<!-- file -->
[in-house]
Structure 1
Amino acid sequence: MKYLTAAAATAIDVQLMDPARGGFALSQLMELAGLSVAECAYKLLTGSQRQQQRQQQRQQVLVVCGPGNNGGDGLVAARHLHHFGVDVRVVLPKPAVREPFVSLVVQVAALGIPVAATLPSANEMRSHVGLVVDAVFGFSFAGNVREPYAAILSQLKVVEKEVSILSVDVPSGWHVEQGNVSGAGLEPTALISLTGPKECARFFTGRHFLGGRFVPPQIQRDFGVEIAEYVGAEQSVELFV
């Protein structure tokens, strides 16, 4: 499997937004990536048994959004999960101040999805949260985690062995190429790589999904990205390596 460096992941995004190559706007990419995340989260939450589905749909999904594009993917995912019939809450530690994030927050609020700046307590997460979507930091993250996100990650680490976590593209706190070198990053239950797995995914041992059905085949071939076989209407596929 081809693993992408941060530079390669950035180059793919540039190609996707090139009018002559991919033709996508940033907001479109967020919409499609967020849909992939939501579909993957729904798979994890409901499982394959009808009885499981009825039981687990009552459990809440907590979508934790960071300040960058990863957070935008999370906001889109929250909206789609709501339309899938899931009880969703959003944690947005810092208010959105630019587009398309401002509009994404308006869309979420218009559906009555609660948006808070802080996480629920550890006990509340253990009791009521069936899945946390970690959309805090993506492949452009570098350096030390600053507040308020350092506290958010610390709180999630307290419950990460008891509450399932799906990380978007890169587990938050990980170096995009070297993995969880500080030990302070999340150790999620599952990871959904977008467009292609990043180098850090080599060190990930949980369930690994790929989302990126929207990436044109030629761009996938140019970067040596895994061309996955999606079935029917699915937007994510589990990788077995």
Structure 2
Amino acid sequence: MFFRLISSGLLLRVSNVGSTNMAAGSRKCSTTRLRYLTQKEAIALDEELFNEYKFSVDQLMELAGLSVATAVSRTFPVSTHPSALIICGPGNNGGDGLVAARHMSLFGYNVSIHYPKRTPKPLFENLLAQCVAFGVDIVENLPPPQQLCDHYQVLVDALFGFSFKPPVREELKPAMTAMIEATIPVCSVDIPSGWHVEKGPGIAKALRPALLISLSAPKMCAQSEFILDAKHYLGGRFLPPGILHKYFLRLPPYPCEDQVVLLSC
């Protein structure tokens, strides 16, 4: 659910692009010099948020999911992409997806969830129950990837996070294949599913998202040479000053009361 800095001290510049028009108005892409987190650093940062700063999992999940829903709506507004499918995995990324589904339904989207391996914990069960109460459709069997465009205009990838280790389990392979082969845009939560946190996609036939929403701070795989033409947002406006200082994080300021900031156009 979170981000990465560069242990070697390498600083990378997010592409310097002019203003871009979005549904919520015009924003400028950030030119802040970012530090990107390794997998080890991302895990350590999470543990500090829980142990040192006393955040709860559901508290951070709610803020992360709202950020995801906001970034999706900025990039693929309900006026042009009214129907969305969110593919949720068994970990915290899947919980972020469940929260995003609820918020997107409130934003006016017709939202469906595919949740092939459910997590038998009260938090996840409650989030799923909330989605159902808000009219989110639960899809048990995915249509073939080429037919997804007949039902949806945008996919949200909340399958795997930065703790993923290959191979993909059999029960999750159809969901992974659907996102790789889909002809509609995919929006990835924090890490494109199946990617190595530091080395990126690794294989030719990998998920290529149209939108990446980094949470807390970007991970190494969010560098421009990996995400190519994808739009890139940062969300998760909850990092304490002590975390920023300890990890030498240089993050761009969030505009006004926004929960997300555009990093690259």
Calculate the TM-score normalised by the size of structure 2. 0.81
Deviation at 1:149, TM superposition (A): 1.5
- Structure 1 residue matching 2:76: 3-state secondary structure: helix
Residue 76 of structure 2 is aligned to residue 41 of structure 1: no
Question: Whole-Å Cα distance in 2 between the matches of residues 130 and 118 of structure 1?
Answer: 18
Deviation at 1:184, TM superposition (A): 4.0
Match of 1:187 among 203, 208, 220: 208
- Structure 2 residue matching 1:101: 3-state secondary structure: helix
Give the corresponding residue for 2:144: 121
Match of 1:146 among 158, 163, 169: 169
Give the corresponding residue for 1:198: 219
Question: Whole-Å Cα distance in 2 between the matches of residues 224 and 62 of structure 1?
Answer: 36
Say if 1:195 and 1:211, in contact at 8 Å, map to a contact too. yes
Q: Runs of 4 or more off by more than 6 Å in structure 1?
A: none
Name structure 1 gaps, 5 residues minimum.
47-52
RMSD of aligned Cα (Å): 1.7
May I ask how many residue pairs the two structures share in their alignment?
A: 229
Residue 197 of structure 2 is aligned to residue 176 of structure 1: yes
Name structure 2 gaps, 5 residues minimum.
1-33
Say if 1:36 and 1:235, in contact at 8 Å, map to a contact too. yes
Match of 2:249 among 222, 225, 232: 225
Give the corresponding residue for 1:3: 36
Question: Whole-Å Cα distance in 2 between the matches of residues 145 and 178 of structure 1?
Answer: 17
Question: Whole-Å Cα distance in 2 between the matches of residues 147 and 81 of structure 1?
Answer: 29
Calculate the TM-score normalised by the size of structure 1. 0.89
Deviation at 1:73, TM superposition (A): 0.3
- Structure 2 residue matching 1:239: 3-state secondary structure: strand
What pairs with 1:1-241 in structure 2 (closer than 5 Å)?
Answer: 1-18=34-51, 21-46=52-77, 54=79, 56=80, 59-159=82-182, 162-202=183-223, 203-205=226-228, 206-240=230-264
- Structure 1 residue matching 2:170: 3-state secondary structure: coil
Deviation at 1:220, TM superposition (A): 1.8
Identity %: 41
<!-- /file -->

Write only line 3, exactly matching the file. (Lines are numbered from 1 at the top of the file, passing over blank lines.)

Amino acid sequence: MKYLTAAAATAIDVQLMDPARGGFALSQLMELAGLSVAECAYKLLTGSQRQQQRQQQRQQVLVVCGPGNNGGDGLVAARHLHHFGVDVRVVLPKPAVREPFVSLVVQVAALGIPVAATLPSANEMRSHVGLVVDAVFGFSFAGNVREPYAAILSQLKVVEKEVSILSVDVPSGWHVEQGNVSGAGLEPTALISLTGPKECARFFTGRHFLGGRFVPPQIQRDFGVEIAEYVGAEQSVELFV